|MadSci Network: Physics|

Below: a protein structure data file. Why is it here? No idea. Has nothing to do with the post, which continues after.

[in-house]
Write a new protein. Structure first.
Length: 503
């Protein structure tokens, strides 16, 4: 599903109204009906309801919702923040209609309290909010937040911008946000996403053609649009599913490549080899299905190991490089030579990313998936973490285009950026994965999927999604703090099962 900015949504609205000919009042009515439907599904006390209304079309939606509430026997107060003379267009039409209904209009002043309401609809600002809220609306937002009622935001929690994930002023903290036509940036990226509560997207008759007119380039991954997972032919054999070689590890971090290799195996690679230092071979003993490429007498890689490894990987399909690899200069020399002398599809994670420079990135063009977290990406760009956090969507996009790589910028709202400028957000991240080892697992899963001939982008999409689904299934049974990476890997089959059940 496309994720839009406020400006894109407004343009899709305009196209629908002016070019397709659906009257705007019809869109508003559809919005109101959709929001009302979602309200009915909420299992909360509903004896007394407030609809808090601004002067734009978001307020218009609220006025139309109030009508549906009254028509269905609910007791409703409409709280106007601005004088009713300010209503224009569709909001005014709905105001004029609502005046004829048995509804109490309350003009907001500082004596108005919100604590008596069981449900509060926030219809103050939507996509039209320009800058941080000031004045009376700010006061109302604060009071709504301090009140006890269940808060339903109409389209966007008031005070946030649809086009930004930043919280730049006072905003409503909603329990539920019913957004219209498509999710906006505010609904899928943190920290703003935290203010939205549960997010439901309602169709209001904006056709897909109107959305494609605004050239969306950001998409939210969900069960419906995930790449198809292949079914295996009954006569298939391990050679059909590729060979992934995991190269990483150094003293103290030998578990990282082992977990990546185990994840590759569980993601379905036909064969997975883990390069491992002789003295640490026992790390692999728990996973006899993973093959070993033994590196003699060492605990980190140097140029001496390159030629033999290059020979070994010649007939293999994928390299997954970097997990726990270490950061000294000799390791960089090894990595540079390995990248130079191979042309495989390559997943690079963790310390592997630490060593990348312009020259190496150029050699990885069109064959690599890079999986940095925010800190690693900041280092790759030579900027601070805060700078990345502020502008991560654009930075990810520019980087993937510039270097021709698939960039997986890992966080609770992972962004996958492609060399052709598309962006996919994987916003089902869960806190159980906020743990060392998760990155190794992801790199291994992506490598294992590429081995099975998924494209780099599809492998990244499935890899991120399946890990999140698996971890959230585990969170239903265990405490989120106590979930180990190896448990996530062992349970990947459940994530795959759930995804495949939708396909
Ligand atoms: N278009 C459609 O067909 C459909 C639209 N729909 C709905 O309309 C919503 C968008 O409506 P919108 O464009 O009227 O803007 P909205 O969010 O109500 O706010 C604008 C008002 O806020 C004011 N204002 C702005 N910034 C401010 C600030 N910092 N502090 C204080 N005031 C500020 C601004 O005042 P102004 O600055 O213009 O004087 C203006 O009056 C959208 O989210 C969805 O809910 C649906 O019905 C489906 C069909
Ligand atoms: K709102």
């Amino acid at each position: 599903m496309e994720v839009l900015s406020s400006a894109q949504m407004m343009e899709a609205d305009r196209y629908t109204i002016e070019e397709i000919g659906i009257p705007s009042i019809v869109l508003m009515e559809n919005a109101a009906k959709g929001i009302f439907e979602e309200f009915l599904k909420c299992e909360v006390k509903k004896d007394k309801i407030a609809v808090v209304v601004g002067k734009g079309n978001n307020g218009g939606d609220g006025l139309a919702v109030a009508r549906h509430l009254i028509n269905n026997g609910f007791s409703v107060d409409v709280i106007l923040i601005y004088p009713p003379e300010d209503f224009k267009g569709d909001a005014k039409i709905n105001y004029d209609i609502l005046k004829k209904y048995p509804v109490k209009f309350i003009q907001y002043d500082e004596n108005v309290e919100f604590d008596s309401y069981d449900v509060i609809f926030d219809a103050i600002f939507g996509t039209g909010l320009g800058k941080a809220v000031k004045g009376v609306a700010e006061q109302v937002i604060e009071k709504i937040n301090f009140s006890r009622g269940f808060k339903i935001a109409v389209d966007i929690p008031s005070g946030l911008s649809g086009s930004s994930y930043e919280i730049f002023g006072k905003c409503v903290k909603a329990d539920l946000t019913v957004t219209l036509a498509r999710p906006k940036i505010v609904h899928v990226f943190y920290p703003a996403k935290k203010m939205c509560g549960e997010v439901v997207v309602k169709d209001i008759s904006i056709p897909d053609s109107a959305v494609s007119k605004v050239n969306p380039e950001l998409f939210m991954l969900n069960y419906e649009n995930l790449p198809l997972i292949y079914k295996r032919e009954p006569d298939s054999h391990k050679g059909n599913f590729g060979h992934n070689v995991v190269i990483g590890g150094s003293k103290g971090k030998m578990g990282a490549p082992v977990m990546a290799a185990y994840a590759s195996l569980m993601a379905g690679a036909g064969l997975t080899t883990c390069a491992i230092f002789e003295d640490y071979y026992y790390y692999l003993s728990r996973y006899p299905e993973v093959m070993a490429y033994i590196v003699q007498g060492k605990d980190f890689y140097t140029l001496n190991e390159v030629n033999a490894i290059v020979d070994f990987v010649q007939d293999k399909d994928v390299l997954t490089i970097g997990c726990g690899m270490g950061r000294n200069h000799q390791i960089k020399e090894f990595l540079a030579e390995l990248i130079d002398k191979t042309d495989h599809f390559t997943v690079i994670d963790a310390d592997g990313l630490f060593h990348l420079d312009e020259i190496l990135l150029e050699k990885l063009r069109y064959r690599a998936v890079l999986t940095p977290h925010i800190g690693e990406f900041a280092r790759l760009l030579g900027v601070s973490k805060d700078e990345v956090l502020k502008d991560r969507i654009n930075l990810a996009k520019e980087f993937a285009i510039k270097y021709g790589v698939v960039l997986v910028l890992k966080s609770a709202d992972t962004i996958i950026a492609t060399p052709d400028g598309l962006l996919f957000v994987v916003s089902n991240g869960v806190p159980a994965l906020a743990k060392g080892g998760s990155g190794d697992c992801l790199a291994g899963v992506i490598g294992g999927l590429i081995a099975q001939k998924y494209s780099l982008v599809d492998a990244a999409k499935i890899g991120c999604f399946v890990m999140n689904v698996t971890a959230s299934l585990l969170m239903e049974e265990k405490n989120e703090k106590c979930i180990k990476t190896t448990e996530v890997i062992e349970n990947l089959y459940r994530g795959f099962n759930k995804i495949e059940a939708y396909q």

As Newton's law stated, if you are closer the attractive mass, the gravity force (and acceleration) is bigger; if you are distant from the mass, the force is small. This principle applies to the Earth's gravity field: if you consider all the earth's mass concentrated in its center, when you are in a mountain the gravity force would be smaller than the force when you are at sea level. Of course the mass of the mountain also contributes in this balance. But, in general, we have a mean decrease of 0.3086 x 10-3 cm/s2 per meter of altitude (this is what we call normal gravity gradient), i.e., if you stand in a place that is 1 m higher than the mean sea level, the gravity acceleration will decrease 0.3086 x 10-3 cm/s2 (sorry about the superscript/subscript, but I think you can understand). The gravity changes in different places in the world because different places have different mass distribution in subsurface and different heights above sea level. The combination of these two factors generates the change in the gravity value (gravity here meaning gravity acceleration). The centrifugal force also adds a component in this problem. In fact, in geophysics, gravity is a fundamental method of investigating the Earth. Measuring the gravity acceleration in several places you can determine how the mass is distributed within the Earth. If you have interest in details about this, please feel free to contact me. Best regards Eder C. Molina Dept. of Geophysics Institute of Astronomy and Geophysics University of Sao Paulo - BRAZIL firstname.lastname@example.org
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